The greenhouse effect is a natural phenomenon whereby heat-trapping gases in the atmosphere, primarily water vapor, keep the Earth’s surface warm. Human activities, primarily burning fossil fuels and changing land cover patterns, are increasing the concentrations of some of these gases, amplifying the natural greenhouse effect.
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Source: Modified from the Marian Koshland Science Museum of the National Academy of Sciences’ “Global Warming: Facts & Our Future” 2004

Climate Literacy Framework

Essential Principles and Fundamental Concepts of Climate Science

Earth’s climate offers just the right conditions for life to thrive. Climate is the average weather over a long period of time — at least thirty years. For any given region, climate is described using long term trends in atmospheric temperature, humidity, pressure, wind, and rainfall. Climate is also affected by proximity to large bodies of water, ocean currents, and ice or snow cover, as well as altitude, latitude, and topography. Climate is regulated largely by concentrations of chemicals in the atmosphere called greenhouse gases which influence the amount of energy that is retained and lost to space by Earth’s atmosphere. Decreasing greenhouse gases cause global cooling, and increasing concentrations cause global warming. Observations of weather using instruments are reliable only to the early 19th century.  Climate of the more distant past is revealed by paleontologists, scientists who interpret climate records found in fossils, tree rings, ocean and lake sediments, and ice cores. Climate scientists also are developing mathematical models of the Earth system which can simulate how climate changes over time under the influence of different levels of green house gas emissions.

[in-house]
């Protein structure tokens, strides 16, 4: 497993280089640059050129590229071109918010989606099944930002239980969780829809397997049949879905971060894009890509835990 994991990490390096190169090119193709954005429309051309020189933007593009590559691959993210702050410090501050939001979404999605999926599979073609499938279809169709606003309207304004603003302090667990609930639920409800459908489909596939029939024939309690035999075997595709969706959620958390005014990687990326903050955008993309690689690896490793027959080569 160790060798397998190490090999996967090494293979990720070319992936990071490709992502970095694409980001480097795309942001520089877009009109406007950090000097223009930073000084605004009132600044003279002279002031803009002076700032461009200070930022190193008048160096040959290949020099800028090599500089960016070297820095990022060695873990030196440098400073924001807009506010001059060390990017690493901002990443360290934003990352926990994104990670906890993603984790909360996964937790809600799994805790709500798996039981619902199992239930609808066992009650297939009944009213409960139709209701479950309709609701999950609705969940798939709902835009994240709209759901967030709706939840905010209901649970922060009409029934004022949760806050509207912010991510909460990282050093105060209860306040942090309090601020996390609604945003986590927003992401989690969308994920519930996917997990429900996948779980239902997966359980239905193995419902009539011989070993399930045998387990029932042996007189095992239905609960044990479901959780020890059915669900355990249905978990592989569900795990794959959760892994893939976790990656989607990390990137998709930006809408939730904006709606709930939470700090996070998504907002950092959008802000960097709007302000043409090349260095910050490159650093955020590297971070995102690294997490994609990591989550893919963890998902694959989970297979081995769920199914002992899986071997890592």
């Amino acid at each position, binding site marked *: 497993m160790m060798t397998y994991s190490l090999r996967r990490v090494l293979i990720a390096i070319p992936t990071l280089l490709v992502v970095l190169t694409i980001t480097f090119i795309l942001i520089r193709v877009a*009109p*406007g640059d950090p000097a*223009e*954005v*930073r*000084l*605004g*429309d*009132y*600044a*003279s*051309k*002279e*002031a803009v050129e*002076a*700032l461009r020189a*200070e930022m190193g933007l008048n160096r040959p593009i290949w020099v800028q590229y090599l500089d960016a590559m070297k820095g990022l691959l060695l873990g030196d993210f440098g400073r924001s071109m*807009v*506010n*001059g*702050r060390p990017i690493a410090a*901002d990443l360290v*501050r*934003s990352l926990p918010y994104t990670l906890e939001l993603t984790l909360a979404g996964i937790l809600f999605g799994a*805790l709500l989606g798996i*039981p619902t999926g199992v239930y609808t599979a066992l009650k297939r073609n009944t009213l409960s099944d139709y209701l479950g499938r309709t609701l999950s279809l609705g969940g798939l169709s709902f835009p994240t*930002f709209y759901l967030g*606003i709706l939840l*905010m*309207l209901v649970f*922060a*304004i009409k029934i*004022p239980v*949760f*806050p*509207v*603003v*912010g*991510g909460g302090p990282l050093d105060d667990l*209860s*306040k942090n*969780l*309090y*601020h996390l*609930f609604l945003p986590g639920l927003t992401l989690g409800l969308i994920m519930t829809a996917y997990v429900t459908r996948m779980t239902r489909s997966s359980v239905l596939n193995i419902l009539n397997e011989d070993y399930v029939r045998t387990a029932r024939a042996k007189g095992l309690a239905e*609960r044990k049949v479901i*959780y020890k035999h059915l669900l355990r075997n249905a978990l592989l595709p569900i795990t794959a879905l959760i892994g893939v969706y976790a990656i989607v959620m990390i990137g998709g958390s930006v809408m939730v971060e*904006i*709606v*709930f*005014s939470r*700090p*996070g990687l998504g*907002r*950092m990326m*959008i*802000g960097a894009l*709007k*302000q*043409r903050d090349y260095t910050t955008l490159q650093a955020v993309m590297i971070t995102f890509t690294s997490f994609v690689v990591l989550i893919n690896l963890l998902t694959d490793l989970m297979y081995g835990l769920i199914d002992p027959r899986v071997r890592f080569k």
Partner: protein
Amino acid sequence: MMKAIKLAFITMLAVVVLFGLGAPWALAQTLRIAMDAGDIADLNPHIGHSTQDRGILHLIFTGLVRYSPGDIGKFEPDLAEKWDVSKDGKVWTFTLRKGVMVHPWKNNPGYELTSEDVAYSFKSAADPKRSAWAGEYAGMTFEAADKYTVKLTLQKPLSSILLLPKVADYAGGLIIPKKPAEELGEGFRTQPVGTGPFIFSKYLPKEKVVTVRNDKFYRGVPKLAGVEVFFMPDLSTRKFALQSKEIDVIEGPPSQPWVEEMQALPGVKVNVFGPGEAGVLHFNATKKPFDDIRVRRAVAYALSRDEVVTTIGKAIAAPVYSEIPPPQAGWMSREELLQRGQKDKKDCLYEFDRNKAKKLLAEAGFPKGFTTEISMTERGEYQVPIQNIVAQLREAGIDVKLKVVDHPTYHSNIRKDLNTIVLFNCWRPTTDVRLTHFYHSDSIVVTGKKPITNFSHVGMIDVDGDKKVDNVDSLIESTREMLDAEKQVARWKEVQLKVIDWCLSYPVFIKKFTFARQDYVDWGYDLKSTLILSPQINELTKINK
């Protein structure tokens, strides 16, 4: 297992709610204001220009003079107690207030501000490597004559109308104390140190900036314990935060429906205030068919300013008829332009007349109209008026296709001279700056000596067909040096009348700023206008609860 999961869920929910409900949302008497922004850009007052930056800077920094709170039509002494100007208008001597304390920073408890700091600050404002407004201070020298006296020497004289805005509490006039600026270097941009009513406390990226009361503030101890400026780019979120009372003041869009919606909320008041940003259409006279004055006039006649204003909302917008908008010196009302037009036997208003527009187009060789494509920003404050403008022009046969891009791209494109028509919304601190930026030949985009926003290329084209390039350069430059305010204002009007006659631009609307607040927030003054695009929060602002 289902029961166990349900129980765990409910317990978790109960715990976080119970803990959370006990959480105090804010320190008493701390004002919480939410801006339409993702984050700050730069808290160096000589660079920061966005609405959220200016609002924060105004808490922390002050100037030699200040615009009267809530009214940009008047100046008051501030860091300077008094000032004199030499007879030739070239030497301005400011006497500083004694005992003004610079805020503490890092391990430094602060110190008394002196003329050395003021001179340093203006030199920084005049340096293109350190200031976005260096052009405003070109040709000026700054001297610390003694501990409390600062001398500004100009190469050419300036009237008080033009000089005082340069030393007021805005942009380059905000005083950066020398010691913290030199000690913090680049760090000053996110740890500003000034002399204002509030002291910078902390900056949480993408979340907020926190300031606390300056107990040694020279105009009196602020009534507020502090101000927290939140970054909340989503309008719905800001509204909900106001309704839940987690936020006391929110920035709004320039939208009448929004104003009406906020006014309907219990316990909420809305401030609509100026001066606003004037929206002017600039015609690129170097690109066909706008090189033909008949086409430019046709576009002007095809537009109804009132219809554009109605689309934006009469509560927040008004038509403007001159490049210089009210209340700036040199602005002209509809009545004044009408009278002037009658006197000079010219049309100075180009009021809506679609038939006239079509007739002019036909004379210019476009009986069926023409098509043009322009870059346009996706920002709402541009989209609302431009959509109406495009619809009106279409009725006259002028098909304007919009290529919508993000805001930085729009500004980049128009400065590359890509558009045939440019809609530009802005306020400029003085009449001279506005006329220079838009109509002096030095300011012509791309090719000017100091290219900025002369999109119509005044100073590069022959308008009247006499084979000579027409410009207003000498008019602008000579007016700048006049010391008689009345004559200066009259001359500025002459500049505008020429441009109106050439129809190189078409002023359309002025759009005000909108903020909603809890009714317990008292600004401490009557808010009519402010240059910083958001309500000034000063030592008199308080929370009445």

Hundreds of scientists participating in the Intergovernmental Panel on Climate Change (IPCC) have concluded that the global warming observed since the middle of the 20th century is primarily the result of burning of fossil fuels which produces carbon dioxide, and land uses which cause deforestation. Impacts of global warming include rising sea level; less predictable precipitation patterns, higher frequency of severe weather; melting ice caps, glaciers, and permafrost; species extinctions; and changes in crop yields. In order to slow global warming and to inevitable changes, we must become better informed about climate and global change. A climate-literate public knows how to assess scientifically credible information about climate.  It can communicate about and make well-informed decisions with regard to individual actions and public policies that may affect climate.

This climate science literacy guide identifies the essential principles and fundamental concepts that individuals and communities should understand about Earth’s climate system. Climate science literacy provides important insights into how the entire Earth system functions. For more information on this effort, please visit the Climate Science Literacy Framework web site. AAAS Project 2061 has created a guide called Communicating and Learning About Global Climate Change: An Abbreviated Guide for Teaching Climate Change that maps out what students should be learning in kindergarten through 12th grade and describes what a science literate adult should know and be able to do.

Guiding Principle for Informed Climate Decision:
Humans can take actions to reduce climate change and its impacts.

Last modified December 16, 2009 by Becca Hatheway.

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